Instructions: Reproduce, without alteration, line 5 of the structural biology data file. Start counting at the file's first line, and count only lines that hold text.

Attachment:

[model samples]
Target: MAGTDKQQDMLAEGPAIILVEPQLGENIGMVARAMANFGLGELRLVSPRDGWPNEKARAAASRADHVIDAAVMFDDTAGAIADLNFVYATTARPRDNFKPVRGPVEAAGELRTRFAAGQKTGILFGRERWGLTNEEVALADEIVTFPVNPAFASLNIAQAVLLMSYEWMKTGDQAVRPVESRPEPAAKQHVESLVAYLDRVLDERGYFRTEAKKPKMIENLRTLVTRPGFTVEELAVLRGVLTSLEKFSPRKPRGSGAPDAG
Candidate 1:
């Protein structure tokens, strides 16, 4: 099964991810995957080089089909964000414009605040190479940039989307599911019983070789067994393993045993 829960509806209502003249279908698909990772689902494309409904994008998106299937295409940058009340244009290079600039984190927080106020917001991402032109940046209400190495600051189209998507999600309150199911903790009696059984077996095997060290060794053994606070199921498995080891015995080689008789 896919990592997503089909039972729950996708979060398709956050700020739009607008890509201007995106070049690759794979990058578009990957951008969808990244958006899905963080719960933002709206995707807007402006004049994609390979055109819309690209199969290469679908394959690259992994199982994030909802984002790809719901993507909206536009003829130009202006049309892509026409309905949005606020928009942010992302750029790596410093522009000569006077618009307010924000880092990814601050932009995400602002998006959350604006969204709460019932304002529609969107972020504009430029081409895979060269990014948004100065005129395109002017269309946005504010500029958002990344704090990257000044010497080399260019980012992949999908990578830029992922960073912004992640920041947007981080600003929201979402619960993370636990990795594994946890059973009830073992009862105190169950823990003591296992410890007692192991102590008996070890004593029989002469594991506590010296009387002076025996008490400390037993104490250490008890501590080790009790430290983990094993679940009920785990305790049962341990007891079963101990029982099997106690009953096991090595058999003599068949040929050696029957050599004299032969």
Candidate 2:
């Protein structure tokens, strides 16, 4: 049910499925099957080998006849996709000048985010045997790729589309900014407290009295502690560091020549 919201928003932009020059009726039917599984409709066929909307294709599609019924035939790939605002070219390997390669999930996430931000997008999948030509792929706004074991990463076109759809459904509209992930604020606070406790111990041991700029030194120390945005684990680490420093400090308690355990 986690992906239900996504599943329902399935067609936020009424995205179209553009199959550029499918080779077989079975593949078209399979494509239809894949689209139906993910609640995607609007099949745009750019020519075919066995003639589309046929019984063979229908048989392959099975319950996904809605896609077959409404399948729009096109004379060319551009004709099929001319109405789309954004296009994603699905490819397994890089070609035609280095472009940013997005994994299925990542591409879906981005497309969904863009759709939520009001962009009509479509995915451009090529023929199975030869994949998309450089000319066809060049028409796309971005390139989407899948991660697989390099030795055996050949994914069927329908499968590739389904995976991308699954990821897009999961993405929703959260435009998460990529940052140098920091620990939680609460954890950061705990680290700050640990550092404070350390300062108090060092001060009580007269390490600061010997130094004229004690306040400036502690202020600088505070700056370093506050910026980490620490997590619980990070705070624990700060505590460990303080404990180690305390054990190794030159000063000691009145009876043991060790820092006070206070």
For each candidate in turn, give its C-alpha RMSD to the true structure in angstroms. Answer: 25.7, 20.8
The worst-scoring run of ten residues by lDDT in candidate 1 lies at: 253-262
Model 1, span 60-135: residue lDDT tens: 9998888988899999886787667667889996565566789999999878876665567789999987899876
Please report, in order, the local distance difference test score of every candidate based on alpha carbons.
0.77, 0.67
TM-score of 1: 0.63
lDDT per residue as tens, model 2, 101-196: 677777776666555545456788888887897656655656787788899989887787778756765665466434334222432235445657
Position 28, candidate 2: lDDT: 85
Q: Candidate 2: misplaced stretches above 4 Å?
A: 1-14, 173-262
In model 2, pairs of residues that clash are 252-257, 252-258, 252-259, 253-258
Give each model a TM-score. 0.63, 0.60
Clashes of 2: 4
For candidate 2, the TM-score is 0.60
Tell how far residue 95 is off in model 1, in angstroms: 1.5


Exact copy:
Candidate 2: